How corruption has become normal business under Buhari’s oil ministry

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Lawyers have urged the Federal Government to investigate and prosecute Ministry of Petroleum Resources officials involved in contract splitting as disclosed by the Senate. This, they said, would serve as deterrent to others. 

The Senate recently uncovered how the ministry, which is headed by President Muhammadu Buhari, spent N14 million for biros and N46 million for letterhead papers and raised the alarm. 

Stakeholders in the oil and gas sector as well as transparency and accountability advocates are disturbed over how the Ministry of Petroleum Resources, directly overseen by President Muhammadu Buhari spent a whopping N116 million on biros, papers and inks in one year. 

They said they were worried about the seeming complacency at the National Assembly and the Ministry of Finance, insisting that the bodies had allowed unabated looting despite their oversight roles on budget and public fund. 

The petroleum ministry had allegedly spent N14.5 million for the supply of Schneider Biros, N46 million for the Ministry’s letterhead, and N56 million for supply of toner. The money was never spent in 2015 but never raised until the Office of the Auditor General of the Federation (OAuGF) reported the matter. 

These developments, according to some stakeholders, indicate a disconnect between the Executive and Legislative arms of government, adding that many government ministries are getting away with crime. 

Recall that the NASS is currently at daggers-drawn with the National Petroleum Corporation (NNPC) to explain unauthorised withdrawal of $21 billion from the dividends of the Nigeria LNG Limited. 

In less than a month, the NASS committee had raised a number of alleged corruption cases across ministries and agencies. Permanent Secretary, Ministry of Information and Culture, Nebolisa Anako, was accused of payment of N460 million to contractors without completing the projects. The Federal High Court Personnel Cashbook is also being demanded for explanation on a N456 million staff salaries. 

Similarly, two queries have been raised against the Federal Inland Revenue Service (FIRS) over failure to remit N1.4 billion. Small and Medium Enterprises Development Agency of Nigeria (SMEDAN) has also been reported to have failed in accounting for N298 million advance payments made to some of its officials in 2013. Nigerian Bulk Electricity Trading company (NBET) was also accused of failing to remit N1.5 billion.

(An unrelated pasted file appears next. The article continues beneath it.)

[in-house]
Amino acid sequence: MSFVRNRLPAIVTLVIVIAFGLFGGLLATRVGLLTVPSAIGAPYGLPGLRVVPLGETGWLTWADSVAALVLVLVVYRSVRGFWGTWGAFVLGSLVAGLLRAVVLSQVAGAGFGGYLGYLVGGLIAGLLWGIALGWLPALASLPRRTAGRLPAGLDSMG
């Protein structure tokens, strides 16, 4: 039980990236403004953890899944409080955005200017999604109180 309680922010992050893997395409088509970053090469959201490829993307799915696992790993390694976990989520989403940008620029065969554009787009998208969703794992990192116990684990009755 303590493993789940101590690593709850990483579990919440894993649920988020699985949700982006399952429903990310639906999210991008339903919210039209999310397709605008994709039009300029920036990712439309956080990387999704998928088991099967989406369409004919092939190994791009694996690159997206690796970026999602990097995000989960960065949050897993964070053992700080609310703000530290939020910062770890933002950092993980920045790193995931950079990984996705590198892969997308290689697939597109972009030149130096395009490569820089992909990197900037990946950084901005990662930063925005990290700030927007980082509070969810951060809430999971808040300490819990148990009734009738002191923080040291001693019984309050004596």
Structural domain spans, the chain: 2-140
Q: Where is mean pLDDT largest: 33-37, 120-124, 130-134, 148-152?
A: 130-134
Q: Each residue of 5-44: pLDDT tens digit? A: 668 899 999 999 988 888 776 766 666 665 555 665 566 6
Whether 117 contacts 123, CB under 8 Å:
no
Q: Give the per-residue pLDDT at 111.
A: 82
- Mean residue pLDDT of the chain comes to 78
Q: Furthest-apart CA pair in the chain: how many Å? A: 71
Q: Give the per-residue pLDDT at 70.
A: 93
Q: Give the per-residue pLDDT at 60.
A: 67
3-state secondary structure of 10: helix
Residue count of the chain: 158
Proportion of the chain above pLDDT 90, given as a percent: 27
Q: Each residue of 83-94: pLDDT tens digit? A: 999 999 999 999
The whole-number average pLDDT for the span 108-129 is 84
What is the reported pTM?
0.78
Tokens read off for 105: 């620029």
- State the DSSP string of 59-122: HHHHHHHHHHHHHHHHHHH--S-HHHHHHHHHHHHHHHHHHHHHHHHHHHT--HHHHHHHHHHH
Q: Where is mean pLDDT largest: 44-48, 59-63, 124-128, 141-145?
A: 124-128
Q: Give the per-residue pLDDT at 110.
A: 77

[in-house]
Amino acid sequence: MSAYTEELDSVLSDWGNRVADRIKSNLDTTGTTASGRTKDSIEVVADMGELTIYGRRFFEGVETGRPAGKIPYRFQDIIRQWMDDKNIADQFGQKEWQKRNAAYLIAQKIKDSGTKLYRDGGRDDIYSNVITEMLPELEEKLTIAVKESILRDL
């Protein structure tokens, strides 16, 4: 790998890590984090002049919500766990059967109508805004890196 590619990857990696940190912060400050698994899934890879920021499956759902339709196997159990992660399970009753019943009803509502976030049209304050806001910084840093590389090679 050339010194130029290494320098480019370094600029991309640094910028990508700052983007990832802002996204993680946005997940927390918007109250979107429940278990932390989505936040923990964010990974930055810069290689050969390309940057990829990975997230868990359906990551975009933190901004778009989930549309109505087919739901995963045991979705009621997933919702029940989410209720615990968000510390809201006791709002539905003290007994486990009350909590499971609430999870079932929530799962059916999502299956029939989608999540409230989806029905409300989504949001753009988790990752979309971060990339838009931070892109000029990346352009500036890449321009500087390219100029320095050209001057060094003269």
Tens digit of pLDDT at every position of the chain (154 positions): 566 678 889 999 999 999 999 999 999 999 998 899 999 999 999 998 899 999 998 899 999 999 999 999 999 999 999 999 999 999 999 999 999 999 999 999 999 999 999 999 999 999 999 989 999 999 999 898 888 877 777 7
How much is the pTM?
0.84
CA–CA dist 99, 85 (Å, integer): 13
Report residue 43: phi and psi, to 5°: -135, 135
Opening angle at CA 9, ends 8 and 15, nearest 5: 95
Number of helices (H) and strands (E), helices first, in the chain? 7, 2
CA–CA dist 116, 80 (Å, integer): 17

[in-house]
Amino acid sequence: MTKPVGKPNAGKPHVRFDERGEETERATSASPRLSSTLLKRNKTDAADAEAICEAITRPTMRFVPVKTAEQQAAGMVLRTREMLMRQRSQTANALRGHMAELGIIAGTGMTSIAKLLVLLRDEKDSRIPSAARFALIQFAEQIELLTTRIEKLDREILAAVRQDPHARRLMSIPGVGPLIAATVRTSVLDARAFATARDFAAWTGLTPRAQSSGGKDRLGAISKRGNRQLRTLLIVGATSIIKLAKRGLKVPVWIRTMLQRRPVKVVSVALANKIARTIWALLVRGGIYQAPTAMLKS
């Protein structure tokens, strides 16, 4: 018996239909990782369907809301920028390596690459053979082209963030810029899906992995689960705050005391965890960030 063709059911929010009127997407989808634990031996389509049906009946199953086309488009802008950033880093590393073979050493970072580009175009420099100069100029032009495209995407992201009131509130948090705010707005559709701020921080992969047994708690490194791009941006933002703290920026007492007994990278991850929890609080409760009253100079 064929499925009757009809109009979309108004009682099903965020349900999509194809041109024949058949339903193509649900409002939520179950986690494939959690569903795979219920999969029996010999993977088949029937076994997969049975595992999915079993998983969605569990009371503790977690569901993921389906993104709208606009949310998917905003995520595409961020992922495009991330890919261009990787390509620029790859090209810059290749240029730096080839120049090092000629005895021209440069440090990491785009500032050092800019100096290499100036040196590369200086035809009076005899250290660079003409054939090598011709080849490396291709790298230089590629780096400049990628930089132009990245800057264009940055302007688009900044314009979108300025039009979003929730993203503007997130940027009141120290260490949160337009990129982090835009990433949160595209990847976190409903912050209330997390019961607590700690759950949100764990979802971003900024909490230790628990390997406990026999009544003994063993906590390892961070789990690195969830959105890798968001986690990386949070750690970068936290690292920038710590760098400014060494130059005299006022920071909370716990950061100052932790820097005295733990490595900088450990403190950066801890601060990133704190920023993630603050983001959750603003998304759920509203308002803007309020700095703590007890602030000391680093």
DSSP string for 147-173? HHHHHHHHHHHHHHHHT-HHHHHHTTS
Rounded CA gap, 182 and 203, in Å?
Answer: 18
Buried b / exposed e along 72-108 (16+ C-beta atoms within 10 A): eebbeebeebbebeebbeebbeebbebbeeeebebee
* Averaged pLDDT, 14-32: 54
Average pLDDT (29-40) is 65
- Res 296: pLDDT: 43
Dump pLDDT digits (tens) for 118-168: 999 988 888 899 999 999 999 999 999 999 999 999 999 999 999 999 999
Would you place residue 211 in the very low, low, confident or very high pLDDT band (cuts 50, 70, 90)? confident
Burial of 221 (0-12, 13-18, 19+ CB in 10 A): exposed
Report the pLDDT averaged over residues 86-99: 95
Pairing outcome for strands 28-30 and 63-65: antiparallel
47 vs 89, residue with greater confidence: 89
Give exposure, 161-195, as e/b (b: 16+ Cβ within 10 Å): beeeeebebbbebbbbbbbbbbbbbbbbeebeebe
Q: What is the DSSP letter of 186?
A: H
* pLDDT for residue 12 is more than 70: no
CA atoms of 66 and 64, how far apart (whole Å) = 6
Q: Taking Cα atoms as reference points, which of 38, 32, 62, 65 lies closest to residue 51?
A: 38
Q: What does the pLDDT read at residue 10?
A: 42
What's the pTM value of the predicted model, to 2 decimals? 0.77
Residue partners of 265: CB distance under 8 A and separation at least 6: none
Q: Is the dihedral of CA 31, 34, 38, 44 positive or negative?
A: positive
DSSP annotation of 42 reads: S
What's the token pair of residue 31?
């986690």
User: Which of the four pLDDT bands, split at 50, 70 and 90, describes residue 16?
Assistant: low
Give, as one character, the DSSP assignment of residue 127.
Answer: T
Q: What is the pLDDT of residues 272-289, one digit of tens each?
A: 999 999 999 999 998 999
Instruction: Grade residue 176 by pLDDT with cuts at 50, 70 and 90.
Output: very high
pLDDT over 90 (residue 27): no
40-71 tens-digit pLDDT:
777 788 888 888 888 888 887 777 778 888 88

The concern for most stakeholders is that, while senators have raised fraud alarm on funds hovering around N4.1 billion and $21 billion in less than one month, repeated outcry from the chambers usually do not produce any meaningful sanction or reconciliation. 

They also maintained that, if the lawmakers were up to the task, the discrepancies would have been avoided since they vet budget and are empowered to play oversight roles. 

In the case of the Ministry of Petroleum Resources, Buhari appointed himself as the head of the ministry in October 2015, naming Ibe Kachikwu as minister of state. Dr. Jamila Shu’ara, a one-time embattled civil servant, who Buhari had extended her tenure despite retirement, was the permanent secretary at the time of the incident. 

In attempt to tackle corruption, Nigeria had introduced the Procurement Act. The power of the permanent secretary in awarding contracts under the Act is limited. Permanent Secretary without competitive open tendering can approve procurements not exceeding $8,000 approximately. The person must obtain at least three written proposals from suitably qualified contractors/suppliers. Expenditures incurred under the policy are to be documented and reported to the Minister quarterly. 

The contract for the biros, inks and papers were all broken into smaller packages of less than N5 million each and awarded to four different companies to pave way for the permanent secretary’s approval threshold of N5 million. This is being seen as direct violation of the Act. 

“The Permanent Secretary has been requested to explain this contravention of the public procurement Act, 2007,” Chairman of the Committee, Senator Urhoghide had said. 

Executive Director, Civil Society Legislative Advocacy Centre (CISLAC), Auwal Musa Rafsanjani noted that the prevailing situation remained an indication that looting of public fund had continued under the current administration in the most unimaginable manner. 

He also noted that President Buhari may be unconnected with the ministry under him or has deliberately looked away.